‘True grit’: Michael J. Limas wants your money

Brownsville financial adviser Michael J. Limas is the 2020 campaign chairman for the United Way of Southern Cameron County. (Courtesy: Daniela Loera)

Michael J. Limas learned early on that when you show yourself willing to roll up your sleeves and go to work for the community, pretty soon everybody wants a piece of you.

The Brownsville native, an independent financial adviser for nearly 14 years and co-owner of Las Ramblas at Market Square cocktail bar, which opened a year ago, chaired Leadership Brownsville for three years, and that’s when it started.

“That was really what everybody said: Hey, we want you on our team,” Limas said. “It becomes sort of an addiction at some point, when you start volunteering and you see the progress.”

At one stage he was chairing the Brownsville Community Improvement Corporation board and the Brownsville Public Utilities Board Consumer Advisory Panel while also serving on the board of the Brownsville Chamber of Commerce.

“At some point you do have to learn to say no,” Limas said. “That’s one of the things I’ve learned over the last seven or eight years of doing community work: It’s OK to say no.”

It didn’t work out that way when Traci Wickett, president and CEO of United Way of Southern Cameron County asked him to come aboard as 2020 campaign chairman for the organization. Limas accepted earlier this month, partly due to Wickett’s powers of persuasion and partly because, while he still chairs BCIC, Las Ramblas isn’t demanding as much of his time these days as it did during the bar’s formative period, he said.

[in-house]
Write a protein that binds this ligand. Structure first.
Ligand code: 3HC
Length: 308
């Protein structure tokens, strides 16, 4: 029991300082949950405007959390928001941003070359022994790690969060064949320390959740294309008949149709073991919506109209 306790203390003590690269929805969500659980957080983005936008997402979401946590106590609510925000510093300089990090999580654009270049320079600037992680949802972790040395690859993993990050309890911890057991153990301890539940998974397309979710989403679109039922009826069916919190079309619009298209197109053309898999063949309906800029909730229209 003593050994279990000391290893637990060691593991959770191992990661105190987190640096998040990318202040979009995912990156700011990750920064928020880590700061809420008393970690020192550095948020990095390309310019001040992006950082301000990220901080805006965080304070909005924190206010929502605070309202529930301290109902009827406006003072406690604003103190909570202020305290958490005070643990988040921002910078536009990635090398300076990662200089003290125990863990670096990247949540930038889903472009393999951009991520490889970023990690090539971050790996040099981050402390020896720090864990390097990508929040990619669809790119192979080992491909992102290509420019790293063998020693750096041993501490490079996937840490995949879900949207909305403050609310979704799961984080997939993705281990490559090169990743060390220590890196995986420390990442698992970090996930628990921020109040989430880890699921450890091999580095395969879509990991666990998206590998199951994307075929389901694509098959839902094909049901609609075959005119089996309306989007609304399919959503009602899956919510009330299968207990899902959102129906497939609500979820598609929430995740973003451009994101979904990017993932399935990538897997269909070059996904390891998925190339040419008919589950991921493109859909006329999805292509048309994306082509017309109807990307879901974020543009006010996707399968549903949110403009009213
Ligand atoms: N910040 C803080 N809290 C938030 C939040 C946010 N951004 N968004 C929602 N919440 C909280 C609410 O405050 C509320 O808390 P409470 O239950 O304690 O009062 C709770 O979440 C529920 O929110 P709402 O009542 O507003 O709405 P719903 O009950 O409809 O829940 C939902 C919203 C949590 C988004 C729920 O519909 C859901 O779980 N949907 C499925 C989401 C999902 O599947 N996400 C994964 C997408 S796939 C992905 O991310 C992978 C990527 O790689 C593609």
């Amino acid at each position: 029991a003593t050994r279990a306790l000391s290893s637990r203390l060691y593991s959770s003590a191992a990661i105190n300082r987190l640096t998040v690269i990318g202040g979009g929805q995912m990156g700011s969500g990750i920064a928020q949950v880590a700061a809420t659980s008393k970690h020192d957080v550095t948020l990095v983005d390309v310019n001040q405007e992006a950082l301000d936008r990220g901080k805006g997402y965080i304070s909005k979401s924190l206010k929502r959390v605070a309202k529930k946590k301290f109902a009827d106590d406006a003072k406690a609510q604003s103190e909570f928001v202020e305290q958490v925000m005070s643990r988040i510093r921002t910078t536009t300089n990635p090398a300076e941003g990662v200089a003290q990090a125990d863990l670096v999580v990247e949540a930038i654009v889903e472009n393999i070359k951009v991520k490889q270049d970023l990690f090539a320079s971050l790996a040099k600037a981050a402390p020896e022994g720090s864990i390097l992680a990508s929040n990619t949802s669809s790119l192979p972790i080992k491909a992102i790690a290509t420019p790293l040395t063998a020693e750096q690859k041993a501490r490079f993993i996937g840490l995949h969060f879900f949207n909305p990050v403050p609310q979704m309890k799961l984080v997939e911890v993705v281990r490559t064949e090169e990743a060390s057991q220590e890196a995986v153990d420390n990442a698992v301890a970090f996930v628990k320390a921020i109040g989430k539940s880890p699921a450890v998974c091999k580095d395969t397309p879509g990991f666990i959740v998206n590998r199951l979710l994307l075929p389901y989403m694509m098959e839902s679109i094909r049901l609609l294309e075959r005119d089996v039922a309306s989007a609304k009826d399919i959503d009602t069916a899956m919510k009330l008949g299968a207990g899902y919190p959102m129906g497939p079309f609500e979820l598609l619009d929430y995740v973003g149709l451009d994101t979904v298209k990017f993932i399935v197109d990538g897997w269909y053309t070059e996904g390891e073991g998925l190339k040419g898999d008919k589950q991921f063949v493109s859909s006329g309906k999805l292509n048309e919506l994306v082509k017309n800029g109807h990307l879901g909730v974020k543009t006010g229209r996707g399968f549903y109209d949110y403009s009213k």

Limas said he knows the position with United Way will be uniquely challenging, especially now, with the hardship people are suffering because of the pandemic. Wickett described it as “a job that requires true grit in these uncertain times.”

“Within two days they had me working, so they mean business,” Limas said.

The campaign chairman is essentially the lead volunteer for the United Way’s campaign to bring in large amounts of money for distribution to various charity organizations in the area, he said.

“Every year we need support but this year is unique,” Limas said. “We’re going to need even more support, and so we’re going to be a lot more aggressive in reaching out to folks. … We don’t know what the future holds, so I think this year’s campaign is extremely crucial to our community. We’re going to work it as hard as possible but we’re going to need a lot of help. We’re hoping that the community can dig a little deeper in the pocket this year and give back.”